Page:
You can read the draft here in this five-page pdf document.

See you there on Thursday night!

What To Expect At Thursday’s Community Meeting

On Thursday, November 29th at 7 PM at the community center/day care at Victory Heights Park, residents can attend the next meeting of the Victory Heights Community Council. “Community” is the watchword here, the council is YOU. Folks like Susan Causin, our representative to the North District Council, are merely organizing this, but it’s really about neighbors getting together and working to put forward ideas and concerns to the community.

The purpose of the Community Council is to empower the people in this community to identify problems and seek equitable solutions, based on a sense of community trust, for the betterment of life, both in our community and city wide. Issues of concern can be reported to the District Council and in turn to the Department of Neighborhoods.

The preliminary agenda for the meeting is as follows:
7:00-7:05   Welcome and recap (Susan Causin)
7:05-7:15   Victory Heights Community Council By-Laws (Eileen Canola)
7:15-7:25   Fill Council officer positions (Susan Causin)
                     President
                     Vice President
                     Secretary
                     Treasurer
7:25-7:30   Communication methods (Ryan K. Johnson)
7:30-7:40   Greenways (Janine Blaeloch)
7:40-7:50   Neighborhood police (Officer Kip Strong)
7:50-8:00   Next steps (Susan Causin)
We hope you will all attend. See you on Thursday!

Trash Pickup In Victory Heights On Friday This Week

Seattle Public Utilities (SPU) reminds residents who usually have their trash picked up on Thursday (like most of Victory Heights) that due to the Thanksgiving Day holiday, the pickup will be on Friday this week. Recycling and disposal stations will also be closed on Thanksgiving.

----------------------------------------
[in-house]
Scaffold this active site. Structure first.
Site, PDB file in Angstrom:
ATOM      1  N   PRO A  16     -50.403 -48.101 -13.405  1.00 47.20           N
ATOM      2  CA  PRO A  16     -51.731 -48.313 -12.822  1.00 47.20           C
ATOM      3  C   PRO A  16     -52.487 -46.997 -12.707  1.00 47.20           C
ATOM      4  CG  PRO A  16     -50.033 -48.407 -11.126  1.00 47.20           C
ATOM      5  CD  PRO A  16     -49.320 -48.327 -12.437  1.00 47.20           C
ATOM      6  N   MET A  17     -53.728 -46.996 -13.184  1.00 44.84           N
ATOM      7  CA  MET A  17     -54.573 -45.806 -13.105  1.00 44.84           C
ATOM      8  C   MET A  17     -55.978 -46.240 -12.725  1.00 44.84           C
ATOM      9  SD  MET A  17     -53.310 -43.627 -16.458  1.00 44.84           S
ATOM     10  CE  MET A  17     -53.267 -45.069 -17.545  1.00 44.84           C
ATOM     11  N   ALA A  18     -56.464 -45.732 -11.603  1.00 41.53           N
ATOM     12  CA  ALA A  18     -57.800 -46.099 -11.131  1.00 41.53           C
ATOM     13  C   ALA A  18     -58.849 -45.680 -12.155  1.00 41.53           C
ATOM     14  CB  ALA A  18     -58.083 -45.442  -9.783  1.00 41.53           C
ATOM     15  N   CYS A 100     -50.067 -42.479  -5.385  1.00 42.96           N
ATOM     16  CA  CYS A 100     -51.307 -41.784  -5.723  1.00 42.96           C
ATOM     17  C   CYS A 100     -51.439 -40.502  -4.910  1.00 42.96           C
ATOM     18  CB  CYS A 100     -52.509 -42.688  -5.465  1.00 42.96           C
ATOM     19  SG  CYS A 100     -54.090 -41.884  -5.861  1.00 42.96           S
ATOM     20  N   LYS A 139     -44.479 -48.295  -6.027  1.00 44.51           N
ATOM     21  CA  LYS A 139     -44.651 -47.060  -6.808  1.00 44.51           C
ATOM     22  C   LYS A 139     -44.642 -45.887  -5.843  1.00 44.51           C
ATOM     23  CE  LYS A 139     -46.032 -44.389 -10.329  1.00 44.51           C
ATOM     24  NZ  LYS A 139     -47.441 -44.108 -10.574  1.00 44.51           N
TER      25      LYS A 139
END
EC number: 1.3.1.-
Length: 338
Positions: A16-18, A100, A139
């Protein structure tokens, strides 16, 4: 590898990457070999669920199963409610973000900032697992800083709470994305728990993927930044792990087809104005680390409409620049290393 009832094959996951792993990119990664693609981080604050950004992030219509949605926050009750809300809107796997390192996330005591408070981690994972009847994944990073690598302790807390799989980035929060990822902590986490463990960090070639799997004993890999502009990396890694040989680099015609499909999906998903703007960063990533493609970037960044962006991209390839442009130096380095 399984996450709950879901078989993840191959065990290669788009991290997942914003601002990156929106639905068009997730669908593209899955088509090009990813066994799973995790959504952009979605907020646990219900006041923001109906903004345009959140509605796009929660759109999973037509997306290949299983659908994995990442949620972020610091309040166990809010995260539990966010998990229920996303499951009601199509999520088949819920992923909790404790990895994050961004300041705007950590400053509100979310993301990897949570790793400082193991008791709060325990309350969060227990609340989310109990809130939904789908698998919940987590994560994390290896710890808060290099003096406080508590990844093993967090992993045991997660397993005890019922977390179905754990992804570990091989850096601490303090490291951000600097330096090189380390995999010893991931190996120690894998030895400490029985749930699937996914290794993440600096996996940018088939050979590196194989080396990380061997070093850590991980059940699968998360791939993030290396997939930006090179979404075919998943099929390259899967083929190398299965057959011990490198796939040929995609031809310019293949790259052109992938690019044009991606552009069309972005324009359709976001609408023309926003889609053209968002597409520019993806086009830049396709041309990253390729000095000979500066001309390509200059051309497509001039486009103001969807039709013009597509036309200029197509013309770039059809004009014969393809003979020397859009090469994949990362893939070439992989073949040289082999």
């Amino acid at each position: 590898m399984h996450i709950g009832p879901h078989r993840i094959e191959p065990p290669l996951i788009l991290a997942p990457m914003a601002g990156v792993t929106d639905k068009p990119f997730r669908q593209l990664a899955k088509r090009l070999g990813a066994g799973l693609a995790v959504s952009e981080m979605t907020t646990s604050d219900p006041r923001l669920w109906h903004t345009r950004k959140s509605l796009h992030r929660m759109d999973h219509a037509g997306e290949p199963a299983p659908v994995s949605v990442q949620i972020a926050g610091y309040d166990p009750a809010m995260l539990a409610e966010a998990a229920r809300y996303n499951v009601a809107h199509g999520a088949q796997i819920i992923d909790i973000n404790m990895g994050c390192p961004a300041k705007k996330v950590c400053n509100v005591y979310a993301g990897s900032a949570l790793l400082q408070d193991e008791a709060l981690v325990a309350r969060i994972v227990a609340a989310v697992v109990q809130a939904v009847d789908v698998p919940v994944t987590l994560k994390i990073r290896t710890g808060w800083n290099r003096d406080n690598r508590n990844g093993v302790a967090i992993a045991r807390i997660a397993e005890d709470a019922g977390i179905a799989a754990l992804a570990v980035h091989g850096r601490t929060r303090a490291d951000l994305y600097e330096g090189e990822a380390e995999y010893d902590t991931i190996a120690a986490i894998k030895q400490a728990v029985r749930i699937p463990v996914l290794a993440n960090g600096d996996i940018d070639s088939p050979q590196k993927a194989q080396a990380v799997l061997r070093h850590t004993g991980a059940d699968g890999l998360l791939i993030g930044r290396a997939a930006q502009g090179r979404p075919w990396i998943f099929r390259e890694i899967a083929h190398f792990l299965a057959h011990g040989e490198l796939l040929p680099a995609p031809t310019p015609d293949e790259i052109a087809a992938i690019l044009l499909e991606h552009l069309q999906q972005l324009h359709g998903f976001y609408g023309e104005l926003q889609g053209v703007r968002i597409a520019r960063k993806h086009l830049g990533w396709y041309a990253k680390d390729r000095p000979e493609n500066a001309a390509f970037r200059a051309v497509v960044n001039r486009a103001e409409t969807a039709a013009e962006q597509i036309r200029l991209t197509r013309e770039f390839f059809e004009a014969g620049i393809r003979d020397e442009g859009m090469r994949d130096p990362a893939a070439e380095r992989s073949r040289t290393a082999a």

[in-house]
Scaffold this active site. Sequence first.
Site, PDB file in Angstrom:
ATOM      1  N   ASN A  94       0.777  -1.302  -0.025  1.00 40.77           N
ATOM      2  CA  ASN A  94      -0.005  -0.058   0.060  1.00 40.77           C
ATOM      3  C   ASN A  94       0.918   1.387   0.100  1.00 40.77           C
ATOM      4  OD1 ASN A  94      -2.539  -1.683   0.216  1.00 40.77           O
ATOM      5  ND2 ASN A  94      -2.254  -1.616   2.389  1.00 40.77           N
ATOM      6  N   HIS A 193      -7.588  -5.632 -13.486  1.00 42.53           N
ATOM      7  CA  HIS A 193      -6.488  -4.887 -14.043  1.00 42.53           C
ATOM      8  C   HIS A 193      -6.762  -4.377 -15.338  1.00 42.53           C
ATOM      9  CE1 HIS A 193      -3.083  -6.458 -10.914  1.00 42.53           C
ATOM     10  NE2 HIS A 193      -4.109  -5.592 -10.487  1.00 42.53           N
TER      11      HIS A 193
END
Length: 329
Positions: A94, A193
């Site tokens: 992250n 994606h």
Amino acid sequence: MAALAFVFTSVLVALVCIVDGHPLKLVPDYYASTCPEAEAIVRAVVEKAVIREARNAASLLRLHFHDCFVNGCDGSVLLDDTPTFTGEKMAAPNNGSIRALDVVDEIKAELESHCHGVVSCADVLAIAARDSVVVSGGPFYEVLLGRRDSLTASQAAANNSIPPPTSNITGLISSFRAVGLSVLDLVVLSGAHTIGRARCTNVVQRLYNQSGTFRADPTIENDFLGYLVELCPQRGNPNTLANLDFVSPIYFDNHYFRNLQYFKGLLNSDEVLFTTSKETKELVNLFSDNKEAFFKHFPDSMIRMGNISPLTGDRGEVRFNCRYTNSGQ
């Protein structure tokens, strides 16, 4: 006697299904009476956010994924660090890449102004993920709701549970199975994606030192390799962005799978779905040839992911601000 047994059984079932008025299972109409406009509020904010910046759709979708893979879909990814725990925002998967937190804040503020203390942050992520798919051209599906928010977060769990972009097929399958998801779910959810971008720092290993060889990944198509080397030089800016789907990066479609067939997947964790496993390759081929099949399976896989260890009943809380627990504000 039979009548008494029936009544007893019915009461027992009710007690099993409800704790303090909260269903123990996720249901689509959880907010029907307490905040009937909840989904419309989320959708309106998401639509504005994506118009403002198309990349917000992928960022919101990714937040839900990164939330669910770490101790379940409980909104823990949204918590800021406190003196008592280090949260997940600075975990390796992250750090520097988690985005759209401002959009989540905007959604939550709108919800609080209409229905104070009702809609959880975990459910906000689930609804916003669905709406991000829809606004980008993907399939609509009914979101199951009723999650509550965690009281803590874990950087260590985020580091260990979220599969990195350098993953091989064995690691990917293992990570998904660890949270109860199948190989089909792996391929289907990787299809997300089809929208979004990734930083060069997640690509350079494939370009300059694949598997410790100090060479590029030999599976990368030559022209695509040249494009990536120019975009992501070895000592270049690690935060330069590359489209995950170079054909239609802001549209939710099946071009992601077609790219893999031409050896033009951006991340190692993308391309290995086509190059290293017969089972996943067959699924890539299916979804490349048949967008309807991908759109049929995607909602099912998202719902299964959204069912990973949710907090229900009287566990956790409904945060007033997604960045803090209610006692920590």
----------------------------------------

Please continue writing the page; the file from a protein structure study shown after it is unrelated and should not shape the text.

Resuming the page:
Here are some fun facts:

What’s Seattle’s least liked Thanksgiving dish? Last year, giblets edged out green bean casserole and aspic as the dish Seattle residents would most likely put in their food and yard waste cart after the holidays.

Seattle residents can place all of their unwanted Thanksgiving leftovers, such as turkey bones, celery, yams, potatoes, fruitcake and paper napkins in their food and yard waste carts. The food scraps will be made into compost for local gardens and parks.

Don’t be a turkey- keep sewers fat-free! Property owners are responsible for their side sewer connections to the city’s sewer system. Sewer clogs often happen during the holiday season when disposing of leftovers.  You can prevent this by pouring used dairy products, fats, oil, grease or greasy foods into a lidded container and placing it in the trash – NOT down the sink drain.

Keep storm drains clear: To help prevent street flooding, the city is asking Seattle residents to remove leaves from storm drains in their neighborhoods with a rake or broom (if it can be done safely), collect fallen leaves in their yards, and compost or properly dispose of them in yard waste containers.

Follow SPU on Twitter: www.twitter.com/SeattleSPU.

Bob’s Liquor & Wine Opens on Lake City Way

After months of remodeling, but with more cladding still to be put on the outside, Bob’s Liquor & Wine opened for business today on Lake City Way.  The building, which formerly housed the defunct Italian Spaghetti House, had a new addition put on the north side, along with stairs and a wheelchair ramp.

If someone who knows about liquor goes shopping there, feel free to write a review of the place here.

The River Wild

After a weekend of solid rain, Thornton Creek swelled to nearly overflow its banks at the Knickerbocker site (20th Avenue NE) as seen here at 9 AM on Monday, November 19th. The Floodplain project (see previous article here) to be done next summer will lessen the effects of torrential rain by storing the water and slowing the creek.

 

 

 

Watch a YouTube video: